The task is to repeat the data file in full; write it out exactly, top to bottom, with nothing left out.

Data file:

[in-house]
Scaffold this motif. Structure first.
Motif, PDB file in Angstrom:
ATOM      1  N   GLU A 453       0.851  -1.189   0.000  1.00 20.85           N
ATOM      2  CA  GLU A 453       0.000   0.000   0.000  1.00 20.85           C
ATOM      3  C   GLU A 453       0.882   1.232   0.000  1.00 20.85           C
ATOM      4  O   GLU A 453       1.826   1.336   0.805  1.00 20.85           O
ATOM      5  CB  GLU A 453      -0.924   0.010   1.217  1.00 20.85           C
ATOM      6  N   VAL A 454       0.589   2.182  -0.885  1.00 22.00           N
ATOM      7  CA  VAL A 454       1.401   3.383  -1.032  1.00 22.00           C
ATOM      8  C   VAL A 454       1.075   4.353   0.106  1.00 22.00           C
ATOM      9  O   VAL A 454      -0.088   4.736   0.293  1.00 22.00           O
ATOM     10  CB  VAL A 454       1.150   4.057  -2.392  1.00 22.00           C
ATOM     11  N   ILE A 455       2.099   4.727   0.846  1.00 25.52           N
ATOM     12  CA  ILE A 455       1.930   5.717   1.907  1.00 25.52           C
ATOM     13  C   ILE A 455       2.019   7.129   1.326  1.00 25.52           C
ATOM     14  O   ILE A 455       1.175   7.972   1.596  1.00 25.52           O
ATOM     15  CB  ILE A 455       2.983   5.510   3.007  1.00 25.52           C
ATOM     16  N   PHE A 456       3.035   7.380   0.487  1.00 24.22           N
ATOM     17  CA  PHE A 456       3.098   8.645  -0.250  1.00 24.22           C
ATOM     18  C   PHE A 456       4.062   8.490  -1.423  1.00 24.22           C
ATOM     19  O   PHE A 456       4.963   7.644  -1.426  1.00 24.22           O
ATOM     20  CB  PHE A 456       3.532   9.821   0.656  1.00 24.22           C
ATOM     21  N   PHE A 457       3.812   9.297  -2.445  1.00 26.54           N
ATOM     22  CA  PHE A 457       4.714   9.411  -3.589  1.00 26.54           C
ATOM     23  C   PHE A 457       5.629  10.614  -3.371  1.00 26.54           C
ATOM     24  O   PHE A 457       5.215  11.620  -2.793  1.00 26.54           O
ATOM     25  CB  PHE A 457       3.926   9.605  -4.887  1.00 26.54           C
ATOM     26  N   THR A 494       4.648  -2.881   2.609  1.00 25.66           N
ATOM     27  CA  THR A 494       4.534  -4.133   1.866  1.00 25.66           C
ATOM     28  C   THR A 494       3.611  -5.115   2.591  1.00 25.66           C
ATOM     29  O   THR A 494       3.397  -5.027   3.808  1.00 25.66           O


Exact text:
[in-house]
Scaffold this motif. Structure first.
Motif, PDB file in Angstrom:
ATOM      1  N   GLU A 453       0.851  -1.189   0.000  1.00 20.85           N
ATOM      2  CA  GLU A 453       0.000   0.000   0.000  1.00 20.85           C
ATOM      3  C   GLU A 453       0.882   1.232   0.000  1.00 20.85           C
ATOM      4  O   GLU A 453       1.826   1.336   0.805  1.00 20.85           O
ATOM      5  CB  GLU A 453      -0.924   0.010   1.217  1.00 20.85           C
ATOM      6  N   VAL A 454       0.589   2.182  -0.885  1.00 22.00           N
ATOM      7  CA  VAL A 454       1.401   3.383  -1.032  1.00 22.00           C
ATOM      8  C   VAL A 454       1.075   4.353   0.106  1.00 22.00           C
ATOM      9  O   VAL A 454      -0.088   4.736   0.293  1.00 22.00           O
ATOM     10  CB  VAL A 454       1.150   4.057  -2.392  1.00 22.00           C
ATOM     11  N   ILE A 455       2.099   4.727   0.846  1.00 25.52           N
ATOM     12  CA  ILE A 455       1.930   5.717   1.907  1.00 25.52           C
ATOM     13  C   ILE A 455       2.019   7.129   1.326  1.00 25.52           C
ATOM     14  O   ILE A 455       1.175   7.972   1.596  1.00 25.52           O
ATOM     15  CB  ILE A 455       2.983   5.510   3.007  1.00 25.52           C
ATOM     16  N   PHE A 456       3.035   7.380   0.487  1.00 24.22           N
ATOM     17  CA  PHE A 456       3.098   8.645  -0.250  1.00 24.22           C
ATOM     18  C   PHE A 456       4.062   8.490  -1.423  1.00 24.22           C
ATOM     19  O   PHE A 456       4.963   7.644  -1.426  1.00 24.22           O
ATOM     20  CB  PHE A 456       3.532   9.821   0.656  1.00 24.22           C
ATOM     21  N   PHE A 457       3.812   9.297  -2.445  1.00 26.54           N
ATOM     22  CA  PHE A 457       4.714   9.411  -3.589  1.00 26.54           C
ATOM     23  C   PHE A 457       5.629  10.614  -3.371  1.00 26.54           C
ATOM     24  O   PHE A 457       5.215  11.620  -2.793  1.00 26.54           O
ATOM     25  CB  PHE A 457       3.926   9.605  -4.887  1.00 26.54           C
ATOM     26  N   THR A 494       4.648  -2.881   2.609  1.00 25.66           N
ATOM     27  CA  THR A 494       4.534  -4.133   1.866  1.00 25.66           C
ATOM     28  C   THR A 494       3.611  -5.115   2.591  1.00 25.66           C
ATOM     29  O   THR A 494       3.397  -5.027   3.808  1.00 25.66           O